Inside the fuss over H-1B visas

Inside the fuss over H-1B visas

By Luke Vargas   
Courtesy: U.S. Citizenship and Immigration Services
Courtesy: U.S. Citizenship and Immigration Services

The US is threatening a dramatic cut in the number of skilled Indian workers granted U.S. work visas unless India drops a new data localization law.

UNITED NATIONS – The U.S. threatened this week to cap the number of skilled Indian workers granted special H-1B visas, opening a new front in the Trump administration’s effort to overhaul immigration policy.

The H-1B program lets American firms temporarily hire foreign workers for skilled jobs in science and technology. While it’s capped at 85,000 new visas per year, the program is so popular it often swells to encompass more than 400,000 guest workers.

Nigel Cory is the associate director for trade policy at the Information Technology and Innovation Foundation.

“The data has shown that they aren’t taking other jobs or undercutting U.S. salaries or anything like that.”

So why disrupt such a popular program? The U.S. is angry with India’s recent embrace of “data localization” policies, which force American companies to build data centers in the countries where their users are based.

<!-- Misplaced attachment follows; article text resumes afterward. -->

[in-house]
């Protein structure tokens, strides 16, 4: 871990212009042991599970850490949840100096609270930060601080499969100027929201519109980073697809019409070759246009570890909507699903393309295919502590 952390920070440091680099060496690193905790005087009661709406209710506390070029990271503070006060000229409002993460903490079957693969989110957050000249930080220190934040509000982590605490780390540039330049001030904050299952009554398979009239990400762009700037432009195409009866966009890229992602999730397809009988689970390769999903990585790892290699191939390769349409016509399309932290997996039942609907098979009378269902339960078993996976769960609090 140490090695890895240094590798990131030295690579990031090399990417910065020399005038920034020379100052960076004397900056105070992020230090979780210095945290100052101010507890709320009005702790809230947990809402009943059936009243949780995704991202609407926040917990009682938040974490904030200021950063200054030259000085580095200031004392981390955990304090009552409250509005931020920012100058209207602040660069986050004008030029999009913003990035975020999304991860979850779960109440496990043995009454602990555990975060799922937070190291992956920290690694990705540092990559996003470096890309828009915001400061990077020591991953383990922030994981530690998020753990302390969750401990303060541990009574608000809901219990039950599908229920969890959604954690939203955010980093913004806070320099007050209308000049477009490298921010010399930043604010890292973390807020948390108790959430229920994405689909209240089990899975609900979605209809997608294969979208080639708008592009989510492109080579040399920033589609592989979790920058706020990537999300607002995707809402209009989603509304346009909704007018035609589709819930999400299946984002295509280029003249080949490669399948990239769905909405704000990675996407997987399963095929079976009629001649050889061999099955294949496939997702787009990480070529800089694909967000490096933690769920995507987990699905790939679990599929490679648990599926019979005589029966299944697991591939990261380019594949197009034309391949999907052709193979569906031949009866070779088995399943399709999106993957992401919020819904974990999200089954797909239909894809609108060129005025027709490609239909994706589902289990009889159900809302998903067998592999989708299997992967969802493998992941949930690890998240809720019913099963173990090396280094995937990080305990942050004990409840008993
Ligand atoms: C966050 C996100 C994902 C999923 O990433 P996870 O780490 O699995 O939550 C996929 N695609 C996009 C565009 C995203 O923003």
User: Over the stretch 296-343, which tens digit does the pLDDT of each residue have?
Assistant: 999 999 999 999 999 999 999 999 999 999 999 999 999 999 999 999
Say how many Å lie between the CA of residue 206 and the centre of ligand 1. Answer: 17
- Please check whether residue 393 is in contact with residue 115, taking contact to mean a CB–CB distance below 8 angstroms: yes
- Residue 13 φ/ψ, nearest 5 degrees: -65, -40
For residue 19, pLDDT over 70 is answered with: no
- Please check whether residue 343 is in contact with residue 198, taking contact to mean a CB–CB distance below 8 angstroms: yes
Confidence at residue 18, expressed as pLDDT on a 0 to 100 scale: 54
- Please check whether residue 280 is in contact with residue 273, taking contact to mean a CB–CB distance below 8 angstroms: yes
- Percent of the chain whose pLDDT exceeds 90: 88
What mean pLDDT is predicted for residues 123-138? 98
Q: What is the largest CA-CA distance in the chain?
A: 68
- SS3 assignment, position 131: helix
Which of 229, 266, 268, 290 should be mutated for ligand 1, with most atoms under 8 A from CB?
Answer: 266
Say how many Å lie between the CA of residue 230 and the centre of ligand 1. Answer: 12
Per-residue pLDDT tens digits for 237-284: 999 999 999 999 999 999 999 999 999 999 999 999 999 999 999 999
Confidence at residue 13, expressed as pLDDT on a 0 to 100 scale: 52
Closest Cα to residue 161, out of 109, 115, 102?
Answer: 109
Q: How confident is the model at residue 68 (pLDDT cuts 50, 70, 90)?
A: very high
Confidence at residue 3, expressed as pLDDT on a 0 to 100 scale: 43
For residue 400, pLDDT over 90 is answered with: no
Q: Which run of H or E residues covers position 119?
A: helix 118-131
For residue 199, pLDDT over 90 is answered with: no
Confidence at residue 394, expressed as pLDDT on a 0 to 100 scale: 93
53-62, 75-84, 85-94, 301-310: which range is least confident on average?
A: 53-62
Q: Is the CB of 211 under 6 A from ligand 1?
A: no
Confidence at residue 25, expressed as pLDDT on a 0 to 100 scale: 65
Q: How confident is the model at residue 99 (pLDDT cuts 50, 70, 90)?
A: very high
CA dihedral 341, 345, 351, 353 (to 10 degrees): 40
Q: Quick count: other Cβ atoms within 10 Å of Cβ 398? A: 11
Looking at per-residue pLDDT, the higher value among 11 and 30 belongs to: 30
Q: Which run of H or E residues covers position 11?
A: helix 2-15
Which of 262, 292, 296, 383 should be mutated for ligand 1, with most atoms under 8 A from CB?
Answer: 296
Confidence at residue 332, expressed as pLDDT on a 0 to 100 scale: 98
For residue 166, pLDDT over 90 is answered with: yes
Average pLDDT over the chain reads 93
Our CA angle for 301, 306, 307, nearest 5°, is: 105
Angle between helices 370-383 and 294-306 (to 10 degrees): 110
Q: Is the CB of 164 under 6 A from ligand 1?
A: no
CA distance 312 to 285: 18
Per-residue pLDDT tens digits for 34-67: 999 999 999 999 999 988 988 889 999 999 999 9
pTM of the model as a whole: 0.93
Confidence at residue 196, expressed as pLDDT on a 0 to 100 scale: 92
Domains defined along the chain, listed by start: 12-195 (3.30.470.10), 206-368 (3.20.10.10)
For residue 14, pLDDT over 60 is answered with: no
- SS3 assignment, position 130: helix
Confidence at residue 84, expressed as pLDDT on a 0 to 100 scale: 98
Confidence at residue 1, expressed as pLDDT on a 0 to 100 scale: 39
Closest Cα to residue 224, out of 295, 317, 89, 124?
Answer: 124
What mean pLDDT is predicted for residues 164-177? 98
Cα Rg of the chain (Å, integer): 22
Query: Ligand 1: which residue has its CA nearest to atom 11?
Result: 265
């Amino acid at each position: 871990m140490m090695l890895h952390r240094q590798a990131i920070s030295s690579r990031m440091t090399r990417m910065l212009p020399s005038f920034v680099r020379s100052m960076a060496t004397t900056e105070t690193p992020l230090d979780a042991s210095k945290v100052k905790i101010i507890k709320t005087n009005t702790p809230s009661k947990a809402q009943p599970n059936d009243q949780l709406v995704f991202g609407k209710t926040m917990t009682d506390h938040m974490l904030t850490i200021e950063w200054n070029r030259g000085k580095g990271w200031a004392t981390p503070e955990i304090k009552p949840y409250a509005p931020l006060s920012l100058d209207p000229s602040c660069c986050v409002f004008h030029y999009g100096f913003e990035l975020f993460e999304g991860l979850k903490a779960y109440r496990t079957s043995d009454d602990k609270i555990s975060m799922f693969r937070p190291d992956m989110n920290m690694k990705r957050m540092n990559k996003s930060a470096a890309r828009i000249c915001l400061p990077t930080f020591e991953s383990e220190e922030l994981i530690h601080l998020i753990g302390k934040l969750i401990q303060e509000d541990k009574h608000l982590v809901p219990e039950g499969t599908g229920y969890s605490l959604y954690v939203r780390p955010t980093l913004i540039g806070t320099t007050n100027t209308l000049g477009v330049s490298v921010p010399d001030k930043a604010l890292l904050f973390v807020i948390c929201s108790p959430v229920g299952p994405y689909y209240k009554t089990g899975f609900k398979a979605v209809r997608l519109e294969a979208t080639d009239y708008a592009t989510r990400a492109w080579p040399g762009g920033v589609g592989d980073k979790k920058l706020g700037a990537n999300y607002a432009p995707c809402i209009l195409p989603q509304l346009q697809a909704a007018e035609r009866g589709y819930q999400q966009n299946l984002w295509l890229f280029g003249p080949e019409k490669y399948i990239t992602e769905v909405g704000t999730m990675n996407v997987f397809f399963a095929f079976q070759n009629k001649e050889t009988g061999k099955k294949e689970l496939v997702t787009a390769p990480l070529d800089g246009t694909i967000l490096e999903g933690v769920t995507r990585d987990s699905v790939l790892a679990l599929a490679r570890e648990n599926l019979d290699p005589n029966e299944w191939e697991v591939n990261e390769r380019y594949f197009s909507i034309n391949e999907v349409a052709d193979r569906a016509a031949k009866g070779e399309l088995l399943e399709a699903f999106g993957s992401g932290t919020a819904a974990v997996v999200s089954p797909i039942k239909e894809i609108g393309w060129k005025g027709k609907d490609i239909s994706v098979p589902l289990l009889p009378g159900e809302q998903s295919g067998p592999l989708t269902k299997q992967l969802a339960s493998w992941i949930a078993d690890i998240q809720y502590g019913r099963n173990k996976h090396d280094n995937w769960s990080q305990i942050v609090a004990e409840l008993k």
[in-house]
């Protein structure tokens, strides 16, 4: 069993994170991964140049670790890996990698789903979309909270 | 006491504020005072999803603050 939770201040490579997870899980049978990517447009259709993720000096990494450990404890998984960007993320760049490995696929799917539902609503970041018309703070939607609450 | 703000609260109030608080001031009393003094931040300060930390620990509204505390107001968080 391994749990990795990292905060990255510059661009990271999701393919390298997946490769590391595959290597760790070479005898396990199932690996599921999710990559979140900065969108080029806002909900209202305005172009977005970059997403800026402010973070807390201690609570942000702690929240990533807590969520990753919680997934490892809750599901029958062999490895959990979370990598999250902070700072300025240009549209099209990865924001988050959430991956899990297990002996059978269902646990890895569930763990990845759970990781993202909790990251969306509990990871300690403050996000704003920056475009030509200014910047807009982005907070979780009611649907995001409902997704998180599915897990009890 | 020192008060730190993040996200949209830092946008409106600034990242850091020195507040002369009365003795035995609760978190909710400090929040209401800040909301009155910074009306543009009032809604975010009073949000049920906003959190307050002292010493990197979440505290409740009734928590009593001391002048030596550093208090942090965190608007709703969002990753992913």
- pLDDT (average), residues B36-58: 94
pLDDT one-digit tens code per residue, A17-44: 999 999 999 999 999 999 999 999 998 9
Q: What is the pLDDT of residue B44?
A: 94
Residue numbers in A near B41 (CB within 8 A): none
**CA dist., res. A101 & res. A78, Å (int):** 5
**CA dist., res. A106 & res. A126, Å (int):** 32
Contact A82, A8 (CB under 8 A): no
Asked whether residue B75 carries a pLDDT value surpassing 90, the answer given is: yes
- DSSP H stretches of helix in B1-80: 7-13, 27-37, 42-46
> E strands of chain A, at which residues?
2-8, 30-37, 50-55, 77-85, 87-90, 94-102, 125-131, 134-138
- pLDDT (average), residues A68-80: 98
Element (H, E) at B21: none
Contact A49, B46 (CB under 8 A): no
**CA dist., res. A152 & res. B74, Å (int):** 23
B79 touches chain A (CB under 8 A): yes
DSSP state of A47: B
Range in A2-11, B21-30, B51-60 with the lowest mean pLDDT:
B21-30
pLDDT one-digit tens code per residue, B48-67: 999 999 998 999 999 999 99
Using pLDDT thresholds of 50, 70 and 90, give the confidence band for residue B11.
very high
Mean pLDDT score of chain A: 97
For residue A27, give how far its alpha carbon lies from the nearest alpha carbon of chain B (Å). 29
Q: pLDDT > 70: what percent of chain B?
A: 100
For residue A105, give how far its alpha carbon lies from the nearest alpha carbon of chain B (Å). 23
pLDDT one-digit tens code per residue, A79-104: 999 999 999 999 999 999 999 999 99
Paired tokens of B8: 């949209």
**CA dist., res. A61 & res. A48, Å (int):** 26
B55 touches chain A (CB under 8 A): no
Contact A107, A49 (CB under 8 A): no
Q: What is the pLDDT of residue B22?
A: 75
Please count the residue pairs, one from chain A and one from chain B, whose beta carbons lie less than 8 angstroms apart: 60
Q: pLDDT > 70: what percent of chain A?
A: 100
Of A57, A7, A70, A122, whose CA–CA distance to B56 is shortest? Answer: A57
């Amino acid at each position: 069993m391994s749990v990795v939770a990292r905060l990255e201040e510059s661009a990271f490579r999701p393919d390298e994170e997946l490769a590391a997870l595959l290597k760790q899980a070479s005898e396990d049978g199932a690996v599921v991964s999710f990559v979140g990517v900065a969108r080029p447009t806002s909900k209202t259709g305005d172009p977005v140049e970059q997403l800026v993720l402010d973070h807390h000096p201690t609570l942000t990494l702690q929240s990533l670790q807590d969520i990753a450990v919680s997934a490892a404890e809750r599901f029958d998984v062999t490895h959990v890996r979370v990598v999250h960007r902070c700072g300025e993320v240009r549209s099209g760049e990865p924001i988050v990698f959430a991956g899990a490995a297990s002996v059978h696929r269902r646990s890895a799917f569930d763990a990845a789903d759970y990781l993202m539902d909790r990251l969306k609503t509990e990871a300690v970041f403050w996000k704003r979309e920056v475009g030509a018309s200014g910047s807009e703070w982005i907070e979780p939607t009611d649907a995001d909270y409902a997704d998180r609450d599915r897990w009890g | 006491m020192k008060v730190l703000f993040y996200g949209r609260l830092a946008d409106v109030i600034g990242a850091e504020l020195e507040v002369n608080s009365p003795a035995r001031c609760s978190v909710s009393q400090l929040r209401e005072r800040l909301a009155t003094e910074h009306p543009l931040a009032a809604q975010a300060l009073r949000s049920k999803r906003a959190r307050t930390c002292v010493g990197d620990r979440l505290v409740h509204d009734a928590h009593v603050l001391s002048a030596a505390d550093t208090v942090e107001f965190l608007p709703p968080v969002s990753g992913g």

Champions of the policy says it spreads the wealth of the digital economy, but tech firms balk at having to set up new data centers around the world.

To punish India for localizing its data, the U.S. is threatening to allot no more than 15 percent of H-1B visas to Indians – a big drop from the present 70%.

“Anything that makes the U.S. [a] harder, more expensive place to work for skilled foreign professionals obviously puts it at a disadvantage to others who are keenly watching to see how they could possibly capitalize on changes in the U.S. system.”

The U.S. hopes its visa threat persuades India to scrap data localization. Sarah Pierce, an analyst at the Migration Policy Institute, thinks reforming the H-1B program is a better idea.

“Other countries have seen how outdated our program is and have kind of taken advantage of that. For example, Canada recently opened up a program where you can bring in a skilled worker as fast as two weeks – light years faster than you can bring in a worker on the H-1B program.”

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